How to Build an Outdoor Barbeque
I Want a Larger Outdoor Cooking Area! Building a Stone Countertop to go with your BBQ Getting the most out of your summer involves spending time outdoors. What happens when you can't stand your outside space? Imagine relaxing on your patio with your very own bar and built-in barbeque. For this project, we wanted to update the patio by making a stone countertop that would enclose a mini fridge and an existing barbeque. The entire job cost roughly $1,500 and took about four days to complete. Building a stone wall is no easy task, but with patience and the right tools anything is possible! Click here to see the video on this project. Try to partner with a couple of friends, as some of the steps require some heavy lifting. We know this project might seem a bit intimidating at first, but the results will be something you'll be proud to show off for years to come.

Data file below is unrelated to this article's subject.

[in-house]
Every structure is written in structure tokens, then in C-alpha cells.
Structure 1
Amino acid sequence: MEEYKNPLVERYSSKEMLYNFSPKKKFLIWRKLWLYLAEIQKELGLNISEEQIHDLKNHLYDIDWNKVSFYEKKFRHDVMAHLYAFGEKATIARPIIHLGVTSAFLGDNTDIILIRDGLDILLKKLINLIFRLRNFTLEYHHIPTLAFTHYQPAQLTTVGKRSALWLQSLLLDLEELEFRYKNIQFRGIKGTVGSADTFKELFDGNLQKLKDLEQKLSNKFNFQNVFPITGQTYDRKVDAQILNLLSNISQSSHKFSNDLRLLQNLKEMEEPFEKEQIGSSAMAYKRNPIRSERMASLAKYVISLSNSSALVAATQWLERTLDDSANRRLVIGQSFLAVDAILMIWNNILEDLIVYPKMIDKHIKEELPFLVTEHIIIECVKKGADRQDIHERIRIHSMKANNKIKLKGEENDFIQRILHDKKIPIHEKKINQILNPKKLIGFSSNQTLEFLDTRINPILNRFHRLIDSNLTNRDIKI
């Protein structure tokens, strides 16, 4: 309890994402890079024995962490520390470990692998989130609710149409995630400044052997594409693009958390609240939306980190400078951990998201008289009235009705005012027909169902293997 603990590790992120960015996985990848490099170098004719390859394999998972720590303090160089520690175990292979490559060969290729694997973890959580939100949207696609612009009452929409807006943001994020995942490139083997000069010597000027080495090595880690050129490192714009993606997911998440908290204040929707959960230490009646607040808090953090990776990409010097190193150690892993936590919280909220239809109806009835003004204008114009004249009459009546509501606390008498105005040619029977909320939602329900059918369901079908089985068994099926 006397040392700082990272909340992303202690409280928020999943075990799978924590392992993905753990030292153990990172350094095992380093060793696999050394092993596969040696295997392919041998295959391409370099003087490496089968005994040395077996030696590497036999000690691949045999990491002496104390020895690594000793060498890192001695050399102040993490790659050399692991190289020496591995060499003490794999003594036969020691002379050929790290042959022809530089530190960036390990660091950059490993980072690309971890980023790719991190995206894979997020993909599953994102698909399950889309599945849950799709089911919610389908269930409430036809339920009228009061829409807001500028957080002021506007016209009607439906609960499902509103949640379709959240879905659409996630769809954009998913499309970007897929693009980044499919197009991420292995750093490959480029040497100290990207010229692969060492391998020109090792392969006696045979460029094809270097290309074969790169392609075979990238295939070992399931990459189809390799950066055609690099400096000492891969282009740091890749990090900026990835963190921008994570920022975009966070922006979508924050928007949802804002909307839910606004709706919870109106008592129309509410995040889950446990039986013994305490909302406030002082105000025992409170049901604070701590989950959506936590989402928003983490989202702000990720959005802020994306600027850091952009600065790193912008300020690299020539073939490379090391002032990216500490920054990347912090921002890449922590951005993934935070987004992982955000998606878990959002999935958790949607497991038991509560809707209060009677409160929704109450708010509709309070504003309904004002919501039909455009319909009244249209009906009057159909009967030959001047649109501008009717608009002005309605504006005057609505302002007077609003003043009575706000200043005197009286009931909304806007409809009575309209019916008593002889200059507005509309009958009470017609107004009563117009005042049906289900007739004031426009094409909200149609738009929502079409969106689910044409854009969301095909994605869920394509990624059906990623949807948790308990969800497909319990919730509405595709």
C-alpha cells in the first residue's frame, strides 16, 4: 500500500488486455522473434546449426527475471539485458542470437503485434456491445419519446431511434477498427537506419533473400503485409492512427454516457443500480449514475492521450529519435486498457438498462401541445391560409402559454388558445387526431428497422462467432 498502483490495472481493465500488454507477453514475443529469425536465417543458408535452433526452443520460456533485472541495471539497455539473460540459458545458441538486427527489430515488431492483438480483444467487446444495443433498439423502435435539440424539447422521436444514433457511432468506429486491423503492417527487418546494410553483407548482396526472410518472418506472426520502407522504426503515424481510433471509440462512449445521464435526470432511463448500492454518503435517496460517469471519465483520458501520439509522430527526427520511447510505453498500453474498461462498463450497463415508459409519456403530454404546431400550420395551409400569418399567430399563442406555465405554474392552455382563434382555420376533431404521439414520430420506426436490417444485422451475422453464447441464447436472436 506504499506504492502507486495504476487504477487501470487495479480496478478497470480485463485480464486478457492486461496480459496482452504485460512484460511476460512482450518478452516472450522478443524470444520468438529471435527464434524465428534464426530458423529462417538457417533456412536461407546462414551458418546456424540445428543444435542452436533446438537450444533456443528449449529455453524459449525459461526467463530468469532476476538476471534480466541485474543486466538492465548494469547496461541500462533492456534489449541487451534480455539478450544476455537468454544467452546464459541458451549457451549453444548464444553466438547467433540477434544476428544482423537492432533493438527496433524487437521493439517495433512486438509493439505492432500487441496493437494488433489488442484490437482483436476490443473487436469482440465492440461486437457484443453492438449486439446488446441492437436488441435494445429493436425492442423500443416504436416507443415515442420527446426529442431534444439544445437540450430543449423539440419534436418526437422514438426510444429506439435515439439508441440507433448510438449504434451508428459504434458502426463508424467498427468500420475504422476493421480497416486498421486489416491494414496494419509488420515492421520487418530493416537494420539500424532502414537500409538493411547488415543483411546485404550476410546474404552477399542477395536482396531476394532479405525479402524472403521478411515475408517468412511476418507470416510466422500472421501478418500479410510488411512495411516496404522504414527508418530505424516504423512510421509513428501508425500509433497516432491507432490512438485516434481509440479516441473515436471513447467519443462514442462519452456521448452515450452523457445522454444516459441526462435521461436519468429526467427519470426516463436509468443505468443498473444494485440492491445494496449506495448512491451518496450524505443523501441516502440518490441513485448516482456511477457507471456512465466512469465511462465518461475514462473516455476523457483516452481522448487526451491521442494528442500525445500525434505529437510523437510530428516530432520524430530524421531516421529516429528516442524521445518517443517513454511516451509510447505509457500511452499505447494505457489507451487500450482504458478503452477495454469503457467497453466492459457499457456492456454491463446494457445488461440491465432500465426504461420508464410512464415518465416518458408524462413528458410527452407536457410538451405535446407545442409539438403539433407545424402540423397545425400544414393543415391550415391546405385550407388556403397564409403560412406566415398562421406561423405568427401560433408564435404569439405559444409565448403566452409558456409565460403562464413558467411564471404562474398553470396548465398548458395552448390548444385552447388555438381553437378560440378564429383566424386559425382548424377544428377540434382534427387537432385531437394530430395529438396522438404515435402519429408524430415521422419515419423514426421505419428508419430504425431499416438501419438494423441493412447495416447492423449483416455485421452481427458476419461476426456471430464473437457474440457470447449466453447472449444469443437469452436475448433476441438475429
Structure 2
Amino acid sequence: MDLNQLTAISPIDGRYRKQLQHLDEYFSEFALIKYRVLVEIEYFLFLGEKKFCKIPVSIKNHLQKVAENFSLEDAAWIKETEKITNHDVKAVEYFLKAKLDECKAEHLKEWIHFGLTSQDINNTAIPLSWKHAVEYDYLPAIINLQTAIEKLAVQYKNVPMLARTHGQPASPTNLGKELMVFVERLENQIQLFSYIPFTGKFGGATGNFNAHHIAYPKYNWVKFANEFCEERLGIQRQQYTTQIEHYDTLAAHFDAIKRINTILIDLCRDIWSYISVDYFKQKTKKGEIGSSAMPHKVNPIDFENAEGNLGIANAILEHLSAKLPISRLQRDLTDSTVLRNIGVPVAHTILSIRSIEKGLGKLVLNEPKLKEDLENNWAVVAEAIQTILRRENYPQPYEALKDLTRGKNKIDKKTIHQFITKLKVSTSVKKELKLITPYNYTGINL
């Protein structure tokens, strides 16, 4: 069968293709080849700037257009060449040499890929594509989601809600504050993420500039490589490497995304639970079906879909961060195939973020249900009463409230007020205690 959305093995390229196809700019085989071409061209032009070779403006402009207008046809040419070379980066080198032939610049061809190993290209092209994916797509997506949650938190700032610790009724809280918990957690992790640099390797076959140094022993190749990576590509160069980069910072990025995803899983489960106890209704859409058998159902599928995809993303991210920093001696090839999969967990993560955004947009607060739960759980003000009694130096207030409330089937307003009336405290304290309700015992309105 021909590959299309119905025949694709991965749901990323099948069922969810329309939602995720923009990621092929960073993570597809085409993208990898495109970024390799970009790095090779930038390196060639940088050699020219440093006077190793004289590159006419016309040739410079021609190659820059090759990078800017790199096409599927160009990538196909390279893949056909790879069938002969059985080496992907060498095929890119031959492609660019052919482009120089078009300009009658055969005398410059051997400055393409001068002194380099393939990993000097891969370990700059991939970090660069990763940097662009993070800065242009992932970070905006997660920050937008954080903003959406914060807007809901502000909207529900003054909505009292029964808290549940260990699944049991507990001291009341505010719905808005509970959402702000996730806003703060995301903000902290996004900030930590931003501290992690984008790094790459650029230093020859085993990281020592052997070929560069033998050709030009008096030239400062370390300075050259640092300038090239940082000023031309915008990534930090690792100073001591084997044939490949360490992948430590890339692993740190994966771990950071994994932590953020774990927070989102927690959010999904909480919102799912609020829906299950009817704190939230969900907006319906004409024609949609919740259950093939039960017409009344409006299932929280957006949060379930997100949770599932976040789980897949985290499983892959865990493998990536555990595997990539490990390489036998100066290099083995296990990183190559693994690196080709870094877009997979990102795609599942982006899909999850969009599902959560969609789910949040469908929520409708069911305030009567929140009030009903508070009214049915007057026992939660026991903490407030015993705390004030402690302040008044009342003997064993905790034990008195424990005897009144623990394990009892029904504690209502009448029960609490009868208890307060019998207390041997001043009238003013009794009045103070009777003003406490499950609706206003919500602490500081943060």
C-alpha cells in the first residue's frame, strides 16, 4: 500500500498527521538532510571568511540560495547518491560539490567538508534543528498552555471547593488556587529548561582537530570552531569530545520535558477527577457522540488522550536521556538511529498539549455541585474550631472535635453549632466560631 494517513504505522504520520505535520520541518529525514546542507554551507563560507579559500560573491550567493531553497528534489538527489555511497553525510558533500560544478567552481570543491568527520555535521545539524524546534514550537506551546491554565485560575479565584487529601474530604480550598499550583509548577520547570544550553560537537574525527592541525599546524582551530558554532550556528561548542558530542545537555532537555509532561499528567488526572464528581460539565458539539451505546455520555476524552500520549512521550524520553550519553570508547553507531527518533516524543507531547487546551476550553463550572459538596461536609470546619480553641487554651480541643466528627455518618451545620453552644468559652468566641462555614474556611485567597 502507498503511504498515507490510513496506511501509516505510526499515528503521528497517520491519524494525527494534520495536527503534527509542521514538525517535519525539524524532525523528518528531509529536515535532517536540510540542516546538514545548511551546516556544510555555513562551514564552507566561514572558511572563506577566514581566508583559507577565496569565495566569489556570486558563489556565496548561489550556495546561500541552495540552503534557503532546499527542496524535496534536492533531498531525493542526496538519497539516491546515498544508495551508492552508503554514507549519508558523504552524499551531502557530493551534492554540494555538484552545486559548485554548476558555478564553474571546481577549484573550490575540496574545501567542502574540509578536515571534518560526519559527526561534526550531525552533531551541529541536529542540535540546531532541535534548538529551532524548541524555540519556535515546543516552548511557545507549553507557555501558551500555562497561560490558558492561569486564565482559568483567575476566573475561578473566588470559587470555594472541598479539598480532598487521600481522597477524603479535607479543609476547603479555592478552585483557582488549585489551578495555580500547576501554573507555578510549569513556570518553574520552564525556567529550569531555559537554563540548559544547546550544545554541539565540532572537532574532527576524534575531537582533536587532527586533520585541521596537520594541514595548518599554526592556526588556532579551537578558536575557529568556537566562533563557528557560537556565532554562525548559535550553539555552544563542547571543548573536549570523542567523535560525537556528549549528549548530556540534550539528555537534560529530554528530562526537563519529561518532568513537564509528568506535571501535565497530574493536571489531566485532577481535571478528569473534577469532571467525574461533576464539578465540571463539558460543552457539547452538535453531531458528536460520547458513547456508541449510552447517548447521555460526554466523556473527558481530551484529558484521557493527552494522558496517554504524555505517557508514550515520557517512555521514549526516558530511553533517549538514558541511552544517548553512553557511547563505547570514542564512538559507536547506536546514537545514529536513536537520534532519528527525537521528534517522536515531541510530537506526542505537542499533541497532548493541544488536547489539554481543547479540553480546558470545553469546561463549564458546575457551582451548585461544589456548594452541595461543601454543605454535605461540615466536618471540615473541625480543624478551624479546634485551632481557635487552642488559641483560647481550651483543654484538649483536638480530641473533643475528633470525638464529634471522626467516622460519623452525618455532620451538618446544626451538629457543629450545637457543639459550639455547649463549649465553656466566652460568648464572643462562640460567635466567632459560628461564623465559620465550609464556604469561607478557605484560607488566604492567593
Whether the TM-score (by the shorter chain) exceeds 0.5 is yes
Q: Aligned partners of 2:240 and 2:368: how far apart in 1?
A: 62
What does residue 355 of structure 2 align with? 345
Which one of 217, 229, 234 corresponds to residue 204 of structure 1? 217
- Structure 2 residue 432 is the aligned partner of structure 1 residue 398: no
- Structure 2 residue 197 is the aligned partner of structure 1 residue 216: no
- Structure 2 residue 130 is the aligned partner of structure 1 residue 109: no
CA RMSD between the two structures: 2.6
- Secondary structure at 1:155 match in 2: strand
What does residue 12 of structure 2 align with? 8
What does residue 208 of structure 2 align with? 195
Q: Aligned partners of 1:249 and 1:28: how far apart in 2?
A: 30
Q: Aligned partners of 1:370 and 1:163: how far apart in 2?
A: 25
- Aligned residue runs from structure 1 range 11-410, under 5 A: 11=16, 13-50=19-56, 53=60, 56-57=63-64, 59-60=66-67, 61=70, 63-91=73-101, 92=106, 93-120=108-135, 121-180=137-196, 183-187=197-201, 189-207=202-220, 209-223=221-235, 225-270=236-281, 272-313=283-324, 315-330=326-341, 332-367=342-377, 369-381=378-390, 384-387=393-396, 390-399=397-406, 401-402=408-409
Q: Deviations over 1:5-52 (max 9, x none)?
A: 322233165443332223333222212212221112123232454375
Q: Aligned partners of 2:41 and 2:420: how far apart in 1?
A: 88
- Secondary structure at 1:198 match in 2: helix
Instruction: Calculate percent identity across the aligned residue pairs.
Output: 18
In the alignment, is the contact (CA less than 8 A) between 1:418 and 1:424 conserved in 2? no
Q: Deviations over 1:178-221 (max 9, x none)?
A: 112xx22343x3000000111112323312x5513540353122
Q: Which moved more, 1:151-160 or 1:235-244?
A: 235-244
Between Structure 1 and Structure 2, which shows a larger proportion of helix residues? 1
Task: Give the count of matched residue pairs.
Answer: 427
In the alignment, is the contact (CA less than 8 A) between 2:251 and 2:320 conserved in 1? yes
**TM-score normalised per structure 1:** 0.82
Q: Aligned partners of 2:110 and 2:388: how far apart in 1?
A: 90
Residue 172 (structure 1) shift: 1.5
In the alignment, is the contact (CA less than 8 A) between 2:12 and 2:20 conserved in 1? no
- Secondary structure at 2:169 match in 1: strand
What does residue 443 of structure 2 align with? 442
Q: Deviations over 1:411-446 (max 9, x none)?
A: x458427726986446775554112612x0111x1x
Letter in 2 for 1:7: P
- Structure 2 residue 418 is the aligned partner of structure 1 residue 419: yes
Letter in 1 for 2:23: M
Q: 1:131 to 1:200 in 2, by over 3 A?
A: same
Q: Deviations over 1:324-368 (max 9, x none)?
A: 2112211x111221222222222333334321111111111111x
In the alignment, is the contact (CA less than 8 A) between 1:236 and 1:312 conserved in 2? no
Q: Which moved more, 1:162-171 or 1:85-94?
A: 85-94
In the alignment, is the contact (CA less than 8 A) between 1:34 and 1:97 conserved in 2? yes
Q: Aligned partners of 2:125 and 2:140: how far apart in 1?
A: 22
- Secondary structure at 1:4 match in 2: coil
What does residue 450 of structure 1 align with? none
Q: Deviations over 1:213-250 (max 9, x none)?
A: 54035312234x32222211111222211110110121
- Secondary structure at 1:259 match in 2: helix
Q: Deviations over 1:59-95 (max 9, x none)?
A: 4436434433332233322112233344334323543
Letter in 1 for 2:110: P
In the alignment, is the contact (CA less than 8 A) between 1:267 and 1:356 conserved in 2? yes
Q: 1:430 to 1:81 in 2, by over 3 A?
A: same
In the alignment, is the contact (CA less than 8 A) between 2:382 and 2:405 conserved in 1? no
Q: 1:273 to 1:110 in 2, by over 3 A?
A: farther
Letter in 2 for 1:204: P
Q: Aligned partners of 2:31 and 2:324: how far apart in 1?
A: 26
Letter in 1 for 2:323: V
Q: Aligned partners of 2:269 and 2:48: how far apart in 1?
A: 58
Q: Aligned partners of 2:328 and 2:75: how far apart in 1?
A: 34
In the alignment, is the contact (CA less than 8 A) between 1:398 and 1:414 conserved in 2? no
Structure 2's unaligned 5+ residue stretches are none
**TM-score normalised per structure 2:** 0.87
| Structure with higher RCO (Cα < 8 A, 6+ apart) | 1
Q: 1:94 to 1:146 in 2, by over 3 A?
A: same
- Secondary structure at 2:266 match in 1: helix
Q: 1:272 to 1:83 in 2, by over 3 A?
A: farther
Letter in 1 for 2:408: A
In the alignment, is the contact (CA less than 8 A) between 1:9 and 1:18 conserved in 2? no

Before you buy materials, plan out your wall according to your patio space. A rough sketch will help you when you go to the home improvement store. Also, if you don't have the tools listed above, you can probably rent them by the day. When purchasing the stone as well as the countertop, consider having the materials delivered. Most stores will do so and charge you by mileage. If this isn't an option for you, grab a few friends (especially one who owns a truck). The individual stones will be able to be moved a few at a time, but the limestone countertop could weigh in the 200 pound range. Because the stones will have to be staggered, you may want to have the home improvement store cut some of them, or you can do it yourself using a hacksaw. Some stone needs to be dampened before you lay it; so ask about this when purchasing.